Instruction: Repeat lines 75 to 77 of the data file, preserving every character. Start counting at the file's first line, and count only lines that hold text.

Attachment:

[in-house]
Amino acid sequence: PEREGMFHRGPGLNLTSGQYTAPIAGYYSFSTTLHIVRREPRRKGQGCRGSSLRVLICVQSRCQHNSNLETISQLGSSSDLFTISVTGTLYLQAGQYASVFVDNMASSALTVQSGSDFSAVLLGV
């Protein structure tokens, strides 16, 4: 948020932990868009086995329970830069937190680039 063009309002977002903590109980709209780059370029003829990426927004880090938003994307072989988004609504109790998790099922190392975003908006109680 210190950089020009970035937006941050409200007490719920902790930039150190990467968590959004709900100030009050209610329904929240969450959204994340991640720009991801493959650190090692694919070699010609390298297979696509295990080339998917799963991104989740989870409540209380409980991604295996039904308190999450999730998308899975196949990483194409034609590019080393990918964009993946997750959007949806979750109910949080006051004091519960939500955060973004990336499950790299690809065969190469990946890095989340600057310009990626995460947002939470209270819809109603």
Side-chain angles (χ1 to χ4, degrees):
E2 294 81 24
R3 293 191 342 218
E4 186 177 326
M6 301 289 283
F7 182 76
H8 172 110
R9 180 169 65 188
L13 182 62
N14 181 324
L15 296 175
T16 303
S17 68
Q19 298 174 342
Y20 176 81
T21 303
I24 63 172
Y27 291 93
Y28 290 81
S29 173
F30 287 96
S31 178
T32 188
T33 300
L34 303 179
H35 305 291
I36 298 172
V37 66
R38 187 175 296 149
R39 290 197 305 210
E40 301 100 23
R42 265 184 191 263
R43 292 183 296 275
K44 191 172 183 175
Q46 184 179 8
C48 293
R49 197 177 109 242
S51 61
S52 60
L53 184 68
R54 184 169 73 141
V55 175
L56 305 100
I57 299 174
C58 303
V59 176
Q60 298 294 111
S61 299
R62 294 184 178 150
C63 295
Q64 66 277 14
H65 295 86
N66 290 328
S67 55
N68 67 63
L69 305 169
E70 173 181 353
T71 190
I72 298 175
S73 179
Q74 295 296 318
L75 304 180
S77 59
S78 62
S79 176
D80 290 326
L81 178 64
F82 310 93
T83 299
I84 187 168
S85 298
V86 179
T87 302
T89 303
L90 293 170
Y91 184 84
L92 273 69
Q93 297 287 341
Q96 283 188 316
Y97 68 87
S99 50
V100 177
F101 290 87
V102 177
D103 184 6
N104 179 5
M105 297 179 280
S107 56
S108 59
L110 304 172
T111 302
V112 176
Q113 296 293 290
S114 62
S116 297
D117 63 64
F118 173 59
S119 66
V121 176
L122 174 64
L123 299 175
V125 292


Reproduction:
V86 179
T87 302
T89 303